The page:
“A genius display of talents and creative minds that have succeeded to leap past the hurdles of personal, cultural and language differences, and the very fact that such genre of performing arts is relatively new to the eyes of its expected audience. It was a celebration of art beyond art.”
Agnes Alpuerto / Khmer Times, March 2018
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The production that astounded audiences in Phnom Penh continues its flight towards the fully-fledged spectacle at the ancient Khmer temple of Chau Say Tevoda, in the heart of the ruins of the Ancient Kingdom of Angkor. In the true spirit of a melting pot of cultures, the narrative grandeur of Cambodia’s epic poem the Reamker is woven into Mozart’s most popular and endearing opera, the Magic Flute. Tamino and Pamina find their alter egos in Prince Preah Ream (Rama) and Queen Neang Seda (Sita) as they search for truth, liberty, justice and love. Their path towards enlightenment, accompanied by Papageno is met with a host of birds and animals, the dastard Sarastro comes with a horde of cheeky flee-ridden monkey dancers and the operatic highpoint of the Queen of the Night’s arias enthral with the accompaniment of Khmer classical dance in all its power and grace.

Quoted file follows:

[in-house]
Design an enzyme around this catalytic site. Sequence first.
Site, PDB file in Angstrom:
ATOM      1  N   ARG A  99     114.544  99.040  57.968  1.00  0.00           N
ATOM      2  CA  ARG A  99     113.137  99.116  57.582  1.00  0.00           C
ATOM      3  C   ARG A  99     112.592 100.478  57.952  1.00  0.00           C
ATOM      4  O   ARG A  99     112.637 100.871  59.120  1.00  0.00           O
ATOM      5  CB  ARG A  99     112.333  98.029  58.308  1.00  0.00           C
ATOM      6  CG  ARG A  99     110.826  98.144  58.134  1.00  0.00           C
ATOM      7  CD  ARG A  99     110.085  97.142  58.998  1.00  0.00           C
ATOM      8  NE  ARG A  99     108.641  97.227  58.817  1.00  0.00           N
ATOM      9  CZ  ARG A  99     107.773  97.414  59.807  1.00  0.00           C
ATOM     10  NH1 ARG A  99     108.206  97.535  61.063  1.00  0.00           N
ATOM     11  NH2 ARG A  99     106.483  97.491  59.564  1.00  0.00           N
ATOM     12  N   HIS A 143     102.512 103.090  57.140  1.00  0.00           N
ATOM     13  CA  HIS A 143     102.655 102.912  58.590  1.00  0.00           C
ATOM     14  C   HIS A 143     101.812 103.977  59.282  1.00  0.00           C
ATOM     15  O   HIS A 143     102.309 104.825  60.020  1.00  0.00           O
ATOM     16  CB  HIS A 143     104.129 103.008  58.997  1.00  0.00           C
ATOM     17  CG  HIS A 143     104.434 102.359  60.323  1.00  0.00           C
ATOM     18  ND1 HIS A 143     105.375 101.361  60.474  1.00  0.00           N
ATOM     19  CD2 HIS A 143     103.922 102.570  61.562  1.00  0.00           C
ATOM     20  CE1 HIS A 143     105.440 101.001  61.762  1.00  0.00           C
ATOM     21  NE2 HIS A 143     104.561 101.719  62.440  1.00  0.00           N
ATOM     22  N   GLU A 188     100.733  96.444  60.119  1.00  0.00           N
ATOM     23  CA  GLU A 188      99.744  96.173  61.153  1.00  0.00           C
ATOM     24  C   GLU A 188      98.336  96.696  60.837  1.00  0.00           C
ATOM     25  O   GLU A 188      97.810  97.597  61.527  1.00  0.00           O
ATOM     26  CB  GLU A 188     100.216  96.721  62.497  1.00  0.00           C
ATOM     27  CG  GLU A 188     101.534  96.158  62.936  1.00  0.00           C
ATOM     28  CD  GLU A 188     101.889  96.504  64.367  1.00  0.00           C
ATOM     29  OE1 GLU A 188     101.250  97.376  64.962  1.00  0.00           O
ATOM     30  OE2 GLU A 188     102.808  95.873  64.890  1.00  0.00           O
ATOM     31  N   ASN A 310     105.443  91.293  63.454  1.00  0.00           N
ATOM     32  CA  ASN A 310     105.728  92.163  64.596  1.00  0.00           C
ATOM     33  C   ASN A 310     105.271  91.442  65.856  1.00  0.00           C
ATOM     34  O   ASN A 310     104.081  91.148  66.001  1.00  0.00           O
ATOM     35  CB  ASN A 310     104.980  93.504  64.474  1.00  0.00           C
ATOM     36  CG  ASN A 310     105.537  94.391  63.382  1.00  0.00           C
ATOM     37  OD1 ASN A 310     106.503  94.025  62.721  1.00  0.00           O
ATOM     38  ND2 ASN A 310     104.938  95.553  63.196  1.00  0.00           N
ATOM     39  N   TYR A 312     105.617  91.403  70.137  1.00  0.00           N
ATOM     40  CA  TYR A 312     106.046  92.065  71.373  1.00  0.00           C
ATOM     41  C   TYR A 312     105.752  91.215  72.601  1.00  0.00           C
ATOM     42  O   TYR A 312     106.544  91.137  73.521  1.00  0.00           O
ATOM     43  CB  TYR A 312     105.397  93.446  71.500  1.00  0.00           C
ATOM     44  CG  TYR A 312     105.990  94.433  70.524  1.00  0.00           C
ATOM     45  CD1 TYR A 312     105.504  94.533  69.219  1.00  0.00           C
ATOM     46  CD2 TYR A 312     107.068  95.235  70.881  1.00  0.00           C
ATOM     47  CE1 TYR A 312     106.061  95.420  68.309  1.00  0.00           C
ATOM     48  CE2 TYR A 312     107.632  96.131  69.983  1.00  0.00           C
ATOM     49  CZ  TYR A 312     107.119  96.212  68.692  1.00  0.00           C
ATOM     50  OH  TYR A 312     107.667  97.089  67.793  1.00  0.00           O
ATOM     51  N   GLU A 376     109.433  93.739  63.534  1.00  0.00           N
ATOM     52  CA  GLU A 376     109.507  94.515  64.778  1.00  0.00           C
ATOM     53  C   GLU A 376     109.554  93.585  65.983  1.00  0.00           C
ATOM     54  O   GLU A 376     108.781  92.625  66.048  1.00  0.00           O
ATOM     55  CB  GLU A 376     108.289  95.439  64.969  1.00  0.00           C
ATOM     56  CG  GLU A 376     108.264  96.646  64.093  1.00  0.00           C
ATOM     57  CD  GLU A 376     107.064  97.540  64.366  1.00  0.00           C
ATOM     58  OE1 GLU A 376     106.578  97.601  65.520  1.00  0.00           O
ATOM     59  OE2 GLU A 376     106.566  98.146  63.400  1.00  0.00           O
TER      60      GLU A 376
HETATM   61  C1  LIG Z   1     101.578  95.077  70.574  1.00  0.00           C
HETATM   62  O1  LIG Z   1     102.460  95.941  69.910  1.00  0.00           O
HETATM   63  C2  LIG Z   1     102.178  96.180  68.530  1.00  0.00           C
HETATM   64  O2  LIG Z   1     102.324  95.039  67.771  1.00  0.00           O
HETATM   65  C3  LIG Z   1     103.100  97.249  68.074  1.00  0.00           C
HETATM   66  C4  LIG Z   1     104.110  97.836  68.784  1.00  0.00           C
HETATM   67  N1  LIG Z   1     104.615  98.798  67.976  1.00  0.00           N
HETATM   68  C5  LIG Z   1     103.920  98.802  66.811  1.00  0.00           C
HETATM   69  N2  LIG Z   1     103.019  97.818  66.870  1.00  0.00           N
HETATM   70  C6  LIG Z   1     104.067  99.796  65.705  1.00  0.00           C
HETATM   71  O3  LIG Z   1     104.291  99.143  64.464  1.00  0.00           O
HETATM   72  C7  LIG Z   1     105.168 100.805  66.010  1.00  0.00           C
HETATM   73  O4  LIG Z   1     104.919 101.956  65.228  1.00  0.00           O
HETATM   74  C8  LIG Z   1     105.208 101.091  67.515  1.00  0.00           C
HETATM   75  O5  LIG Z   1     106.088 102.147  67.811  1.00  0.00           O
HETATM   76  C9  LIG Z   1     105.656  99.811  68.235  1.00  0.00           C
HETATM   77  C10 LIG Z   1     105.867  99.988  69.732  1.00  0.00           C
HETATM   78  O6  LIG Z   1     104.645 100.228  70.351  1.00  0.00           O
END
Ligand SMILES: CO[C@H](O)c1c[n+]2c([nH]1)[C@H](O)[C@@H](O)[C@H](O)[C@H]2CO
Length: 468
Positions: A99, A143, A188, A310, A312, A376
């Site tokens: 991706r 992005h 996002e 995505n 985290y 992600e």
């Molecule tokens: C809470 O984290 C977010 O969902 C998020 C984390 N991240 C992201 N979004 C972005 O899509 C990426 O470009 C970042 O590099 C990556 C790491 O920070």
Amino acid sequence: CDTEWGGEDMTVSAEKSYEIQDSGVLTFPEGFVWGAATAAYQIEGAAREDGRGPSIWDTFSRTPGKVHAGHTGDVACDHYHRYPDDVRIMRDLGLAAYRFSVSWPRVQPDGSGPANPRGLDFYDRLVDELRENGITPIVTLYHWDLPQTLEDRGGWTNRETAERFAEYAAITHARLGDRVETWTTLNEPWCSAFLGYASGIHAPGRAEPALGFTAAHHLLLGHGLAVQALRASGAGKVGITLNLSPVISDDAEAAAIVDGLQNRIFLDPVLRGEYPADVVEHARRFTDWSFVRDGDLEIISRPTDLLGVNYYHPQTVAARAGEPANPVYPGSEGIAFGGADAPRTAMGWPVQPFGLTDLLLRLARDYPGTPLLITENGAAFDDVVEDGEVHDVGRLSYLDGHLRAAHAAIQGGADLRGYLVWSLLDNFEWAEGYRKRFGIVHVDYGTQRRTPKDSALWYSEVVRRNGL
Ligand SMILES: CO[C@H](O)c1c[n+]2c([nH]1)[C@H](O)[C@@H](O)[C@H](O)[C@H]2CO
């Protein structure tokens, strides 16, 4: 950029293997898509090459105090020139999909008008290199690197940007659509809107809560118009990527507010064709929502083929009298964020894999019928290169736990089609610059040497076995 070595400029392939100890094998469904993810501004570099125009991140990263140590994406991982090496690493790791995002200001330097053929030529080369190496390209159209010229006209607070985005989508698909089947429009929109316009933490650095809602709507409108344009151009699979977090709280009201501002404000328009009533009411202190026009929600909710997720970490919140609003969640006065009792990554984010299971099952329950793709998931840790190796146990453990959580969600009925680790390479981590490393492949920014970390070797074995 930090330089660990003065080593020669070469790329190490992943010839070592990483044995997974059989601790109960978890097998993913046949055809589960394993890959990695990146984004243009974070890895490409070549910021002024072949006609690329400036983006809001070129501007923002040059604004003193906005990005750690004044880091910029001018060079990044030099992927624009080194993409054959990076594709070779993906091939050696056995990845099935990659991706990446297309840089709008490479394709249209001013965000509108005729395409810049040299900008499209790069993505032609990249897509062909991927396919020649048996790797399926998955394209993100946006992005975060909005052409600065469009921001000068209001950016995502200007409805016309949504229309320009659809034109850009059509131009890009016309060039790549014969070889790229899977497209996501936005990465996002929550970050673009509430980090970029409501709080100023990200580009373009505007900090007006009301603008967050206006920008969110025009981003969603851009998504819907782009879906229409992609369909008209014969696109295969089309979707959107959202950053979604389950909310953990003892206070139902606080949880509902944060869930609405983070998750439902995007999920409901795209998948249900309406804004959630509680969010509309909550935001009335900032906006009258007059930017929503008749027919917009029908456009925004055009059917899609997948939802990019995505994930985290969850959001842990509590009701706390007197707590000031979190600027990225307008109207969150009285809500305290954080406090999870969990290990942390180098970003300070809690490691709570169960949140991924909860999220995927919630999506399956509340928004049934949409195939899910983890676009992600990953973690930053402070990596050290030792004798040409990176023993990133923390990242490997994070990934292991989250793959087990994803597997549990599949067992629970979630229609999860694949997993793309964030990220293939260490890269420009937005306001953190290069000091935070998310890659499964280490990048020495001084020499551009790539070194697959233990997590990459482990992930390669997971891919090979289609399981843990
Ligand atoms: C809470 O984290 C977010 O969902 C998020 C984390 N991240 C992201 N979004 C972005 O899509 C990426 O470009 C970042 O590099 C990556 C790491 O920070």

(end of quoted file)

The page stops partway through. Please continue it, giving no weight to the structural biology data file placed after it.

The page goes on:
The unprecedented and spectacular sub-tropical jungle setting in all its mystery and luxuriant vigour is the location for an opera the world has never seen, complete with a full Cambodian orchestra, a Mozart orchestra, an international cast of singers and Cambodia’s national treasures of dance and shadow puppetry.
With its powerful mythological and allegorical content, the opera’s morality and affecting love story have clear parallels with the popular Ramayana story and other elements of Hindu and Buddhist symbolism.
Ever since political stability returned to Cambodia after the demise of the Khmer Rouge, considerable effort and investment have been spent on reviving the indigenous arts, much of it engendered by Amrita Performing Arts. This production will reap the benefits of two decades of this kind of work. The project will create opportunities for Cambodians to learn the essentials of theater production and management, including costume design, sound and lighting, and stage management. Cambodians will gain a better insight into their capacities and abilities to achieve goals they might never have imagined.
Chau Say Tevoda Temple lies about one kilometre from Angkor Wat. Built in the mid-12th century, it is a Hindu temple in the Angkor Wat period. The temple is dedicated to Shiva and Vishnu, and with unique types of female sculptures of devatas enshrined in it.
The production brings together Cambodian actors, dancers, puppeteers, singers and instrumentalists, with theatre and opera professionals from around the Southeast Asian region and beyond. Performed in German and Cambodian.
2019 (exact date to be determined).